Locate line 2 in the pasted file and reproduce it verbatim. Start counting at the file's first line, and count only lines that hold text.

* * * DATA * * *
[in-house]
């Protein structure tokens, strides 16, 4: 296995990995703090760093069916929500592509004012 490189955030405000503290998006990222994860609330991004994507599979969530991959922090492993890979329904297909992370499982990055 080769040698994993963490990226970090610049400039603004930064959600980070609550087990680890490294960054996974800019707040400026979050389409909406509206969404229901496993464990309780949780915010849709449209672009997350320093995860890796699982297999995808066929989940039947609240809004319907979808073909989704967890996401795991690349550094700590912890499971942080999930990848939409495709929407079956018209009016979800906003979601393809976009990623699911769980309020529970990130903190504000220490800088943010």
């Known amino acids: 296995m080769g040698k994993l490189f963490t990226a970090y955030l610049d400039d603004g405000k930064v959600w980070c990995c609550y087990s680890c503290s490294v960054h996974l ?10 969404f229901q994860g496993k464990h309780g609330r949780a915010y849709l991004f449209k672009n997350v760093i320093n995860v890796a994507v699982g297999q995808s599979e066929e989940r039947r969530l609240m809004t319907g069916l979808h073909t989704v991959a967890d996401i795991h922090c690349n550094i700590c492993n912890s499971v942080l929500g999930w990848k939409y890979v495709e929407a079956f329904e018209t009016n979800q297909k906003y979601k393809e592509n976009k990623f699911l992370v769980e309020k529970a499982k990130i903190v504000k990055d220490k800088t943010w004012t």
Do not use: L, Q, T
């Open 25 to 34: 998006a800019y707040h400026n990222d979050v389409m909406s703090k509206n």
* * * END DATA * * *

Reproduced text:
């Protein structure tokens, strides 16, 4: 296995990995703090760093069916929500592509004012 490189955030405000503290998006990222994860609330991004994507599979969530991959922090492993890979329904297909992370499982990055 080769040698994993963490990226970090610049400039603004930064959600980070609550087990680890490294960054996974800019707040400026979050389409909406509206969404229901496993464990309780949780915010849709449209672009997350320093995860890796699982297999995808066929989940039947609240809004319907979808073909989704967890996401795991690349550094700590912890499971942080999930990848939409495709929407079956018209009016979800906003979601393809976009990623699911769980309020529970990130903190504000220490800088943010």